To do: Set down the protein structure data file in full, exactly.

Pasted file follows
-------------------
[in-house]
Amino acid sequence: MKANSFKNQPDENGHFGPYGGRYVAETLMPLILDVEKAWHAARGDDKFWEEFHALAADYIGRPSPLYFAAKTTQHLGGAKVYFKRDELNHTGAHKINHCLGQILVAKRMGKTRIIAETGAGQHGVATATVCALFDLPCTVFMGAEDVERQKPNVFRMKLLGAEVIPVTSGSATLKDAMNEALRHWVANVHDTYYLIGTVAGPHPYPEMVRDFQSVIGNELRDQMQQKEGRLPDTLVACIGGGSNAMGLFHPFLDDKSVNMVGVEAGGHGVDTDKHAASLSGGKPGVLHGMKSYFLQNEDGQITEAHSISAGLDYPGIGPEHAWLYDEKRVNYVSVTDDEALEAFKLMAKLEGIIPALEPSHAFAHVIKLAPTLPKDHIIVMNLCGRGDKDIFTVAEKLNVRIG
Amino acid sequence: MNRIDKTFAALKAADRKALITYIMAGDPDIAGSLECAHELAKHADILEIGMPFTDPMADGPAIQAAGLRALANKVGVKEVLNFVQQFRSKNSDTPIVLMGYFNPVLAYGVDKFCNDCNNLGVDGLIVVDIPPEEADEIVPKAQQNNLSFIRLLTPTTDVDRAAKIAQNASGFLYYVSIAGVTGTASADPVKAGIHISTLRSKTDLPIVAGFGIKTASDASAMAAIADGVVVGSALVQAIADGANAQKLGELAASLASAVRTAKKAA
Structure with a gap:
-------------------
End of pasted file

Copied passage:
[in-house]
Amino acid sequence: MKANSFKNQPDENGHFGPYGGRYVAETLMPLILDVEKAWHAARGDDKFWEEFHALAADYIGRPSPLYFAAKTTQHLGGAKVYFKRDELNHTGAHKINHCLGQILVAKRMGKTRIIAETGAGQHGVATATVCALFDLPCTVFMGAEDVERQKPNVFRMKLLGAEVIPVTSGSATLKDAMNEALRHWVANVHDTYYLIGTVAGPHPYPEMVRDFQSVIGNELRDQMQQKEGRLPDTLVACIGGGSNAMGLFHPFLDDKSVNMVGVEAGGHGVDTDKHAASLSGGKPGVLHGMKSYFLQNEDGQITEAHSISAGLDYPGIGPEHAWLYDEKRVNYVSVTDDEALEAFKLMAKLEGIIPALEPSHAFAHVIKLAPTLPKDHIIVMNLCGRGDKDIFTVAEKLNVRIG
Amino acid sequence: MNRIDKTFAALKAADRKALITYIMAGDPDIAGSLECAHELAKHADILEIGMPFTDPMADGPAIQAAGLRALANKVGVKEVLNFVQQFRSKNSDTPIVLMGYFNPVLAYGVDKFCNDCNNLGVDGLIVVDIPPEEADEIVPKAQQNNLSFIRLLTPTTDVDRAAKIAQNASGFLYYVSIAGVTGTASADPVKAGIHISTLRSKTDLPIVAGFGIKTASDASAMAAIADGVVVGSALVQAIADGANAQKLGELAASLASAVRTAKKAA
Structure with a gap: